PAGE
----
• In 2016, approximately 60,000 Atlantic sharpnose sharks were caught recreationally in the United States.
    • Recreational fishermen primarily use rod and reel gear, which have minimal impacts on habitat and bycatch.
    • Recreational fishermen must have an Atlantic HMS permit to harvest Atlantic sharpnose sharks in federal waters. As of January 1, 2018, all HMS recreational permit holders will need a “shark endorsement” to fish for, retain, possess, or land sharks.
    • Fishermen fishing recreationally for sharks will be required to use circle hook in most places.  For more information regarding these requirements, please refer to HMS regulations and the Amendment 5b compliance guide.
    • There is no minimum size for Atlantic sharpnose sharks.

The Science

Population Status

  • According to the 2013 stock assessment, the Atlantic and Gulf of Mexico stocks of Atlantic sharpnose shark are not overfished and not subject to overfishing.

Location

  • Atlantic sharpnose sharks are commonly found in the western Atlantic from New Brunswick, Canada, through the Gulf of Mexico, and are commonly caught in U.S. waters from Virginia to Texas.

Habitat

  • Atlantic sharpnose sharks live in both warm-temperate and tropical waters, from the Bay of Fundy to the Yucatan.
  • They can be found as deep as 920 feet, but mostly remain in waters less than 32 feet deep.
  • They are commonly found in bays, estuaries, harbors, and the surf zone (area where waves break, commonly at 16 to 32 feet deep), mostly over mud and sand bottoms.
  • Atlantic sharpnose sharks seasonally migrate between inshore and offshore waters, moving to deeper offshore waters in winter and returning to inshore waters in spring to mate and give birth.
  • During migrations, they form large schools separated by sex.

Physical Description

  • Atlantic sharpnose sharks are small for sharks and have a streamlined body.
  • They get their name from their long, pointy snout.
  • They are several different shades of gray and have a white underside.
  • Adults have white spots on their sides and white along the edges of their pectoral fins.
  • Young sharks have black on their dorsal (back) and caudal (tail) fin edges.
  • The lower and upper jaws of an Atlantic sharpnose shark have 24 or 25 rows of triangular teeth.

Biology

  • Atlantic sharpnose sharks can grow to up to 32 inches in length.
  • They grow and mature at different rates in the Atlantic and Gulf of Mexico.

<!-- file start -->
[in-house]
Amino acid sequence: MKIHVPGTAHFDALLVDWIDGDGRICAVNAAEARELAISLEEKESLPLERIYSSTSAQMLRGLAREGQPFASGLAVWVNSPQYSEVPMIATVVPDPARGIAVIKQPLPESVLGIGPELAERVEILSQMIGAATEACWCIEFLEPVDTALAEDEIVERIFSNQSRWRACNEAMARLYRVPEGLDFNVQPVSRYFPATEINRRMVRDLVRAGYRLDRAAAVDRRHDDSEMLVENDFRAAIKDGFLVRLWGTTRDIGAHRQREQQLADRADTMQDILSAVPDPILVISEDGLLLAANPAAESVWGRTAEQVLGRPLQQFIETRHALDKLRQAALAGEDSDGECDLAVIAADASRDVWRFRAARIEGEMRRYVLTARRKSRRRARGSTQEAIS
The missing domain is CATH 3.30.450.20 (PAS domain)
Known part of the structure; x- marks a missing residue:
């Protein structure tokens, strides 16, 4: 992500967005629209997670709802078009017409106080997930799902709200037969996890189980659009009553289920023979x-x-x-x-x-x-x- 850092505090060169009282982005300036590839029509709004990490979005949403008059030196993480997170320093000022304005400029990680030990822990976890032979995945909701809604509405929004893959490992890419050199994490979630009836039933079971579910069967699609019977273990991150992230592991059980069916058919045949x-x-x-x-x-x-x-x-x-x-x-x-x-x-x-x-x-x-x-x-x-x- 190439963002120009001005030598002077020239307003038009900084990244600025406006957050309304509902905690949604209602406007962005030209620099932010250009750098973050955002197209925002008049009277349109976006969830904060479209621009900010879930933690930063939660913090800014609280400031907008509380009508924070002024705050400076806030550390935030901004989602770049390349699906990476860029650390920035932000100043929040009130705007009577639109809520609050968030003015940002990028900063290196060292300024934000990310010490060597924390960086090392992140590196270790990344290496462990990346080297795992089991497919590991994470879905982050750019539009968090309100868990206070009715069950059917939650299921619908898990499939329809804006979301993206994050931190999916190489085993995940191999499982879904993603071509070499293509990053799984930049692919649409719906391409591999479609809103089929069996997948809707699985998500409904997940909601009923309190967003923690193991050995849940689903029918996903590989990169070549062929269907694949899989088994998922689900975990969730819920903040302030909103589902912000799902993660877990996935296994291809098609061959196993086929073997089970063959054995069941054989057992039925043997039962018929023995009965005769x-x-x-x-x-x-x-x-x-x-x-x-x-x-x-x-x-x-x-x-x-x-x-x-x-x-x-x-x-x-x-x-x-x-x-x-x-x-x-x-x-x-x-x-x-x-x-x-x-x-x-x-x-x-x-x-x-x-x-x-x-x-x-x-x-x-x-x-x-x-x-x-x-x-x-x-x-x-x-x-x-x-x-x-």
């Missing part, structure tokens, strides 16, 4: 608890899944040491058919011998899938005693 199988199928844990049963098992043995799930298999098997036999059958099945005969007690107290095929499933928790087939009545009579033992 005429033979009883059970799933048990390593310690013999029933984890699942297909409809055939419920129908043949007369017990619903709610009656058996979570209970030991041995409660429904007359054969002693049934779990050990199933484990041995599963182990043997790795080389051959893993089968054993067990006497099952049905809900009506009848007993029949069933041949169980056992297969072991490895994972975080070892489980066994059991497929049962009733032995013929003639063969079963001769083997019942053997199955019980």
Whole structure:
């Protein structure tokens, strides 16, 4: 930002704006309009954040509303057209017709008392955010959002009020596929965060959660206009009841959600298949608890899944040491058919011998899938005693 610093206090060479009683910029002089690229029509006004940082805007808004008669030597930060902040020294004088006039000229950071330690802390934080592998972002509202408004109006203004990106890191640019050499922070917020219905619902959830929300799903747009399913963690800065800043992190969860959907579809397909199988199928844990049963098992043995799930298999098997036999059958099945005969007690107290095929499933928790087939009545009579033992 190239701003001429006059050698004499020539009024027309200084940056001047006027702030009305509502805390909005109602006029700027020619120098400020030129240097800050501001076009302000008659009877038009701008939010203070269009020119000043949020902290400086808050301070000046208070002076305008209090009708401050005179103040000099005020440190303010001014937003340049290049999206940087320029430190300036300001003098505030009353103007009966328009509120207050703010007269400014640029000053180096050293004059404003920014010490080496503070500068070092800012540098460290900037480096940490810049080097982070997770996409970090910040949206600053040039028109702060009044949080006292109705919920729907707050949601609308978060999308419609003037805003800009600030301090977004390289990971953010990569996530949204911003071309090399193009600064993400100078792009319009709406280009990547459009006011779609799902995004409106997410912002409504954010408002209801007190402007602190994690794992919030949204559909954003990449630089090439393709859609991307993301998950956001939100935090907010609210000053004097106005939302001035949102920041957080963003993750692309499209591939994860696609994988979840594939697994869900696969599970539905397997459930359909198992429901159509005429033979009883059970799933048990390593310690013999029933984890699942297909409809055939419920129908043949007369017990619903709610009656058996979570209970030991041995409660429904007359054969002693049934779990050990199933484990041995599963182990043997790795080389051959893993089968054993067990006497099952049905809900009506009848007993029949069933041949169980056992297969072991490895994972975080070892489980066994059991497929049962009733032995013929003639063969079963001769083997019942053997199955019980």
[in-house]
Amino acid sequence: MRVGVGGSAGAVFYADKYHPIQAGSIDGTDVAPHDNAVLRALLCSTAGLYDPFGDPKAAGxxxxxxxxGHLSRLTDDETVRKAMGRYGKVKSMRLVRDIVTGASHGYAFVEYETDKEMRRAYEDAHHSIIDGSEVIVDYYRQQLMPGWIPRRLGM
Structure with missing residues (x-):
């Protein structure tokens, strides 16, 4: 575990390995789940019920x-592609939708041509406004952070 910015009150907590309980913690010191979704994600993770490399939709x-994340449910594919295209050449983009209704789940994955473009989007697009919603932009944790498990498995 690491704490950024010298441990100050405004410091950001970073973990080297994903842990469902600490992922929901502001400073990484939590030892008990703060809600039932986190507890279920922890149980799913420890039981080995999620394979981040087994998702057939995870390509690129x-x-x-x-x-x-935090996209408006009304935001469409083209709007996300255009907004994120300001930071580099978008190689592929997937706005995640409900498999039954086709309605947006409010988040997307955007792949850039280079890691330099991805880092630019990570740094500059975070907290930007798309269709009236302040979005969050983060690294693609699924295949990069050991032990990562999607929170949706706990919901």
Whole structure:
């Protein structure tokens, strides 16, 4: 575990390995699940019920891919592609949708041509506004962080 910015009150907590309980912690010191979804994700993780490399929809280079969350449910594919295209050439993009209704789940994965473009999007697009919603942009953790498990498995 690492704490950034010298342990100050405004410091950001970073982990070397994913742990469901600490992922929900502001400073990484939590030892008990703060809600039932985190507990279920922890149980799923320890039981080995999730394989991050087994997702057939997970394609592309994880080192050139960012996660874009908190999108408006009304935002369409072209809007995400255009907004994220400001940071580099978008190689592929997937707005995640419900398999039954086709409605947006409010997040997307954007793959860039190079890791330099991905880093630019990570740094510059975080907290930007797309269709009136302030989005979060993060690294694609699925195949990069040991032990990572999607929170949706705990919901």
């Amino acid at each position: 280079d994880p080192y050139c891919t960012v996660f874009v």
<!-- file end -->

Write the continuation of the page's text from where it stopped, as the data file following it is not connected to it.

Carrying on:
• Females mature at around 2 years old in the Atlantic when they reach approximately 24 inches in length, and at around 1.3 years old in the Gulf of Mexico when they are approximately 25 inches in length.
  • Atlantic sharpnose sharks have been observed to live up to 18 years.
  • In both the Atlantic and Gulf of Mexico, Atlantic sharpnose sharks mate annually between mid-May and mid-July in inshore waters.
  • After mating they migrate offshore to deeper waters.
  • The mother feeds the pups through a placental sac and after a gestation period of 10 to 11 months the females return to nearshore areas to give birth in June.
  • Litters average approximately four pups in both the Gulf of Mexico and Atlantic.
  • Atlantic sharpnose sharks eat small fish, including menhaden, eels, silversides, wrasses, jacks, toadfish, and filefish. They also eat worms, shrimp, crabs, and mollusks.
  • Large carnivorous fish, including large sharks, eat Atlantic sharpnose sharks.

Research

  • NOAA Southeast Fisheries Science Center staff assesses the status of Atlantic sharpnose sharks through the Southeast Data, Assessment, and Review (SEDAR) process.
  • Ongoing research priorities for Atlantic sharpnose sharks include enhancing life history information, identifying additional bycatch minimization strategies, and improving the identification of essential fish habitat. Scientists have made great strides collecting data on Atlantic sharpnose shark catch in other fisheries. For instance, records for sharks caught in shrimp trawls are now more detailed and include species-level information, which helps managers effectively understand and minimize bycatch of sharpnose sharks in the trawl fisheries.

Last updated: 03/02/2018